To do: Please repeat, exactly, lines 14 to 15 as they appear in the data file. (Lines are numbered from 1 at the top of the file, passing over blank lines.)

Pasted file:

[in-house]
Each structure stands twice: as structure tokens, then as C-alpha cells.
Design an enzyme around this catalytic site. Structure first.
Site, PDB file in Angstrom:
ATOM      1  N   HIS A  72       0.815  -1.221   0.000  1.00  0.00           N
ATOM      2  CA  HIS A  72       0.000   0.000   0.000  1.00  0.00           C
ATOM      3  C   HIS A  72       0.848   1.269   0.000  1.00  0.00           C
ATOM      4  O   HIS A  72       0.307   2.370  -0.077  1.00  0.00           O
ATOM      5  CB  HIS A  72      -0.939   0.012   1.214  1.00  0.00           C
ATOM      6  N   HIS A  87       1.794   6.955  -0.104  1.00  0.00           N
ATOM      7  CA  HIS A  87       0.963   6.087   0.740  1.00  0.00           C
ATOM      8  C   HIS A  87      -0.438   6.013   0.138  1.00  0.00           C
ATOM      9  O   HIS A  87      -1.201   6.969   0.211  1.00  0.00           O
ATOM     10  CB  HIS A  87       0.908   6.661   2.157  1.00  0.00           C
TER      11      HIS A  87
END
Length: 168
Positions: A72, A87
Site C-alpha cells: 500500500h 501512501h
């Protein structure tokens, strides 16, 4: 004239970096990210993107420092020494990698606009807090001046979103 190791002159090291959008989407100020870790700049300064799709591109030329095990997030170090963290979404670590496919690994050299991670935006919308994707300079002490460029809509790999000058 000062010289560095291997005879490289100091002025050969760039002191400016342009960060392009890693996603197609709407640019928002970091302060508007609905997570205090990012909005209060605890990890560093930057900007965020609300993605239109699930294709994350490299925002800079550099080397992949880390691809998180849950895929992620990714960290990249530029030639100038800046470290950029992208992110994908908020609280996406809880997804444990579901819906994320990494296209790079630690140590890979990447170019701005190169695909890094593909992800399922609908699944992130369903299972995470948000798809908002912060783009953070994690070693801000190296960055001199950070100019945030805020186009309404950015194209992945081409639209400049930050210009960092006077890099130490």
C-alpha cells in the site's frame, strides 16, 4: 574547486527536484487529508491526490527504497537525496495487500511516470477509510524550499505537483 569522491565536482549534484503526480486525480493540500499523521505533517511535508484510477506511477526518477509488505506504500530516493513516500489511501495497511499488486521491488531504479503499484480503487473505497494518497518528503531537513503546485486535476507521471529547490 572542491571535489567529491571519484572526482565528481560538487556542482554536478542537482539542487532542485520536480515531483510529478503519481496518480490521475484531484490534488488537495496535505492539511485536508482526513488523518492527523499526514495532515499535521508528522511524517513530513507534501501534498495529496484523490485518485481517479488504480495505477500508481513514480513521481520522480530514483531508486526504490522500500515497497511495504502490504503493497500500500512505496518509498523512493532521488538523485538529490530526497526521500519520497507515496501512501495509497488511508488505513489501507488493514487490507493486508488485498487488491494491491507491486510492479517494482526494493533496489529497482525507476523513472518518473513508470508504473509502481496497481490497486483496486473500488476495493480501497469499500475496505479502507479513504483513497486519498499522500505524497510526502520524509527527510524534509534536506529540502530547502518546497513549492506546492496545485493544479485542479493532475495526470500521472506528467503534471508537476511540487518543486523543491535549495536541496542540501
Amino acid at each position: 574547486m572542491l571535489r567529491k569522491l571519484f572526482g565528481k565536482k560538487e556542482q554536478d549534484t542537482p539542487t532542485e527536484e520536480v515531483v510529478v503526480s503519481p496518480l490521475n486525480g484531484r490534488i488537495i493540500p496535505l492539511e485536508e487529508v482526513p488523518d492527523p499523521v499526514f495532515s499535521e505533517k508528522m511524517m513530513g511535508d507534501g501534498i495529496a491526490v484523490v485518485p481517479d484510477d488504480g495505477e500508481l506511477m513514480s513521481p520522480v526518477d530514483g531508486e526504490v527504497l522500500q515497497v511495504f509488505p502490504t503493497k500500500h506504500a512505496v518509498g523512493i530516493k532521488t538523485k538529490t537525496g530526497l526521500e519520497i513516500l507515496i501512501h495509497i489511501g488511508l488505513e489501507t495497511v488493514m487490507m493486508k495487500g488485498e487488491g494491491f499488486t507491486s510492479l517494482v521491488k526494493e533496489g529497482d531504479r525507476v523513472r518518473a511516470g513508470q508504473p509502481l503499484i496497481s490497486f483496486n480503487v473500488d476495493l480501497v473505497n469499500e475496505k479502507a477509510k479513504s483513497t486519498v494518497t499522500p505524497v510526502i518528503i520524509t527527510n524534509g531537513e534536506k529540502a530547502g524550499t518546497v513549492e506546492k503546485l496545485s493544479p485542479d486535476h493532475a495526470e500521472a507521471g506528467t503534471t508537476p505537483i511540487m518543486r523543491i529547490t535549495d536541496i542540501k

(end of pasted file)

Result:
ATOM     10  CB  HIS A  87       0.908   6.661   2.157  1.00  0.00           C
TER      11      HIS A  87